Solomon's Temple and the Shabbat
June 7, 2013
Every week, Jody Hirsh, the JCC's Judaic Education Director, provides a Shabbat message that is featured at the top of the JCC's weekly email newsletter. Below is the Shabbat message for Friday, June 7, 2013.
Solomon’s Temple and the Shabbat
In the old days, when Solomon’s Temple stood in Jerusalem, the Temple itself was the focus of Shabbat observances. Daily sacrifices of animals and vegetables and even bread were offered by the Priests – a total of 3 per day – but on the Shabbat, there was an extra sacrifice. The sight of the priests ascending the altar to perform the sacrifices must have been a sight to see. In addition, the Priests and Levites performed psalms on the steps of the Temple – the psalms were actually liturgical songs sung and danced with the accompaniment of musical instruments, even on the Sabbath. The pageantry, the ritual, and the excitement of the Temple service, is almost impossible to imagine. All that is over now, ever since the Temple was ultimately destroyed by the Romans in the year 70 CE. There is no longer a class of Priests who offer sacrifices, no grand altar, no bread offering, no more the division of the Temple into Outer Court, Inner Court, and Holy of Holies, no grand vestments of the High Priest: Robe, breast plate, crown, no choirs of singing and dancing Levites. But is it really over?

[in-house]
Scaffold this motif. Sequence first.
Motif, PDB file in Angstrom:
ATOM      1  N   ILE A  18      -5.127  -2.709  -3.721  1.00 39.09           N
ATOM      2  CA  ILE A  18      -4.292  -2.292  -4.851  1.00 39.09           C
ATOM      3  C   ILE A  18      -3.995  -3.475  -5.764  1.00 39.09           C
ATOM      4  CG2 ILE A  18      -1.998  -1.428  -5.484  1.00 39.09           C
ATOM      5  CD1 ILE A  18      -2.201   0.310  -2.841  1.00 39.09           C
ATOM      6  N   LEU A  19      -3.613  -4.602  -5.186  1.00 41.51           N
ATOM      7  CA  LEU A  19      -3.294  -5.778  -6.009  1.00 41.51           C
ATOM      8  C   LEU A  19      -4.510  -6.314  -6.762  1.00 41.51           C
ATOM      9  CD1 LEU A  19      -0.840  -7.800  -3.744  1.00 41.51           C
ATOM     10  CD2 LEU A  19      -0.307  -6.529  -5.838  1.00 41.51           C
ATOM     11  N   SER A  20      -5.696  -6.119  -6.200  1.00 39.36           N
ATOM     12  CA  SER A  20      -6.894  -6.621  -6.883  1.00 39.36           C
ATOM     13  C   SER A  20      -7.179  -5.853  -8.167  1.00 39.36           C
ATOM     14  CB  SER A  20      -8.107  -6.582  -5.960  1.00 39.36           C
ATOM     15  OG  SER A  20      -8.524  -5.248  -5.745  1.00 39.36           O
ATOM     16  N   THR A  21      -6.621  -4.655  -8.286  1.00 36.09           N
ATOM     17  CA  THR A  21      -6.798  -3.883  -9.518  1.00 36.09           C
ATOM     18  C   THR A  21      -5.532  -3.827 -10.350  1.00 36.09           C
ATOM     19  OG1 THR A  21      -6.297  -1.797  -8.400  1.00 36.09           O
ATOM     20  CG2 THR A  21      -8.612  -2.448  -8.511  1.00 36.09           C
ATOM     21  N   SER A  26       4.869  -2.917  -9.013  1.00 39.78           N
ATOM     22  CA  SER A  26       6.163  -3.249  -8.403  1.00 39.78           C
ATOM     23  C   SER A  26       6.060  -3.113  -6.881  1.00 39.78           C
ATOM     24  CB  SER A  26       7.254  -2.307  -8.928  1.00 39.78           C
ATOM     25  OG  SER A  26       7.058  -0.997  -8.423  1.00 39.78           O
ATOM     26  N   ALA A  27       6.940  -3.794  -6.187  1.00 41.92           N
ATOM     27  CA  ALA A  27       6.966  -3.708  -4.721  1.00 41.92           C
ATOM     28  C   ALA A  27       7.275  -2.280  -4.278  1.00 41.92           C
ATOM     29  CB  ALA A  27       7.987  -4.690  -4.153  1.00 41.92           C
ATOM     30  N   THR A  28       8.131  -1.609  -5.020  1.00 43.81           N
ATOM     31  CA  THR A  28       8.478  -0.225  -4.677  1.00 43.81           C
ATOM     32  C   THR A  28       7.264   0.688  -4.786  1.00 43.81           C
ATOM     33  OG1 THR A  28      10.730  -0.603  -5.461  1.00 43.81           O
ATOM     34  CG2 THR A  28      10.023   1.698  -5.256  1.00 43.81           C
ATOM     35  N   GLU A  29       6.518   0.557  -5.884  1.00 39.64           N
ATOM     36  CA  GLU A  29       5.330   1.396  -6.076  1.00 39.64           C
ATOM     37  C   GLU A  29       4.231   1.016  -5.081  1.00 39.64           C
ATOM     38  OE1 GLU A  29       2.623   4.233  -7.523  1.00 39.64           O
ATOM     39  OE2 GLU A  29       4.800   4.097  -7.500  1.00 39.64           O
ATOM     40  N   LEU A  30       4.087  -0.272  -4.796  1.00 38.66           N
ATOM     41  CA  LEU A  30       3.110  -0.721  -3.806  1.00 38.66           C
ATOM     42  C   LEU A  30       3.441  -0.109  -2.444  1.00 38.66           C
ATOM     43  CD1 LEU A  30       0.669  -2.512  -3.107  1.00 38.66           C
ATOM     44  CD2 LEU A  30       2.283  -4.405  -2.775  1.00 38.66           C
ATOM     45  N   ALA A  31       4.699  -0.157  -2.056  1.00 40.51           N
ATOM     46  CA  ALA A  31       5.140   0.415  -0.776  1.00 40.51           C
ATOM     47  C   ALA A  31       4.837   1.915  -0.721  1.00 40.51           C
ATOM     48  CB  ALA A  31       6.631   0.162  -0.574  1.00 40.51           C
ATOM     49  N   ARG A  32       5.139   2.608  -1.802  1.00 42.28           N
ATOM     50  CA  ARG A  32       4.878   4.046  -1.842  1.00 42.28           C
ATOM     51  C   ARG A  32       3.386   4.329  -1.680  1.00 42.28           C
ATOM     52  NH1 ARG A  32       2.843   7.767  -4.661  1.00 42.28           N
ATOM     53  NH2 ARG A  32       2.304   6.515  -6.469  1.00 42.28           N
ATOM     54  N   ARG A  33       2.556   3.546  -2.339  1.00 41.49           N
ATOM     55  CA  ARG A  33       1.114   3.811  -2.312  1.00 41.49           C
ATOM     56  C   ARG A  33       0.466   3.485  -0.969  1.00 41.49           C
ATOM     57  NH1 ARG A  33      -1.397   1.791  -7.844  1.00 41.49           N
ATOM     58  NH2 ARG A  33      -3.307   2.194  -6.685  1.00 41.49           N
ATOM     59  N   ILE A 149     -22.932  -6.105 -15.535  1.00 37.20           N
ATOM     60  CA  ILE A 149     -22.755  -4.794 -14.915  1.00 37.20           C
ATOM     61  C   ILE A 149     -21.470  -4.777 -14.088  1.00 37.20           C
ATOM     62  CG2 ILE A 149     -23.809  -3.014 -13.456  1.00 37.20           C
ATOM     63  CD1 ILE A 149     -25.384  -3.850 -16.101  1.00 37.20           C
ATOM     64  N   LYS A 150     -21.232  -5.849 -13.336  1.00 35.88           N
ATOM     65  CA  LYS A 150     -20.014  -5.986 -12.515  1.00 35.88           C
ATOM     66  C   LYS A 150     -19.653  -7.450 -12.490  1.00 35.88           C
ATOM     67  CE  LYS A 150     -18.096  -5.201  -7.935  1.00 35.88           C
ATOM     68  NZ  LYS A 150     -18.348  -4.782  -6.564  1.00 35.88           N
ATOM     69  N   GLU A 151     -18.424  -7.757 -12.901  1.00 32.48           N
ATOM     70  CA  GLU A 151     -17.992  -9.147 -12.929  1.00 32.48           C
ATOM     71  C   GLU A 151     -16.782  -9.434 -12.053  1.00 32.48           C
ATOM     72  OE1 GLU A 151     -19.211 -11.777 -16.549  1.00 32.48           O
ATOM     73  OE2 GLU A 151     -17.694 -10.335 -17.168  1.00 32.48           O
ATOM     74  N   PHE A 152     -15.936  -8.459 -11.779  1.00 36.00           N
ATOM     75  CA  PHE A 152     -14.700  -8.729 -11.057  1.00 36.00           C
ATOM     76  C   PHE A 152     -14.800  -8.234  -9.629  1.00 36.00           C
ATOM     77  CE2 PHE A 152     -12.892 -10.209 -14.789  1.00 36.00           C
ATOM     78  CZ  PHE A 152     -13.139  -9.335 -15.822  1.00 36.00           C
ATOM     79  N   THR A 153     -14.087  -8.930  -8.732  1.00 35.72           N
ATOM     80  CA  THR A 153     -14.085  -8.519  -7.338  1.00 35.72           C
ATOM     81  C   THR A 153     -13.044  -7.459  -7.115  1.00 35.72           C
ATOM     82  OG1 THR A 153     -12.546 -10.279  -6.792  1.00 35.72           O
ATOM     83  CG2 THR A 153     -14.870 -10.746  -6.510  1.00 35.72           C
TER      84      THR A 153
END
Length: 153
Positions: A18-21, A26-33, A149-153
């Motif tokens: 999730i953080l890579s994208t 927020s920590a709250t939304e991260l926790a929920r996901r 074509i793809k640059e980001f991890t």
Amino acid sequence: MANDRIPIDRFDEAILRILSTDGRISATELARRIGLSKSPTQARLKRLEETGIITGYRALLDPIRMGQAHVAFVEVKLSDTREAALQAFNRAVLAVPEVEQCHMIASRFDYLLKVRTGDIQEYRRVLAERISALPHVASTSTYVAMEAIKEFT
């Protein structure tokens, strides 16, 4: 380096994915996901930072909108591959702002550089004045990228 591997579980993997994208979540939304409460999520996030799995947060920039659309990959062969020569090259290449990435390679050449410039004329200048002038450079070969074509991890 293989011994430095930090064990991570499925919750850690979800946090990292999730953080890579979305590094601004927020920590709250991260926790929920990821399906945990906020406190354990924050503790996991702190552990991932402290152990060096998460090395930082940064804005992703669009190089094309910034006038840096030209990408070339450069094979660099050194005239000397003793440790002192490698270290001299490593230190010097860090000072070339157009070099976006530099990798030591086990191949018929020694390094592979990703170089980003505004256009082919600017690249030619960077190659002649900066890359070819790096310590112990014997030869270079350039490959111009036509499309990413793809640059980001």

After the destruction of the Temple, those specific rituals discontinued, and the mantle of spiritual leadership passed from the priest, who no longer could function, to the Rabbis . . . a new type of leader who stood for study and prayer. The rabbis were obsessed with preserving Jewish life even without the Holy Temple, and they did, in fact, transform Jewish life. They took the public rituals of the Temple and gave them new life by transforming them into home and synagogue rituals. The three sacrifices became the 3 daily prayer services familiar to traditional Jews. The extra sacrifice on Shabbat became the musaf service in the synagogue on Saturday morning. The altar became the Sabbath meal table at home. The sacrifices became the challah loaf served on the newly conceived dinner table altar. The three part division of the Temple became the congregation, the bimah and the ark of the synagogue. The vestments of the High Priest became the mantle, breastplate and crown that adorn the Torah Scroll. And what about the grand psalms? They became the psalms recited in the synagogue Shabbat services and the Zmirot (songs) sung at the Shabbat Table – especially after the meal. The rabbis after the destruction had a knack of transforming the rituals of the destroyed Temple into the rituals of home and synagogue that have lasted 2000 years.
Coming in a few weeks: Special foods for Shabbat. If you or your family or community has special food that you eat on Shabbat particularly, let me know! Write me at firstname.lastname@example.org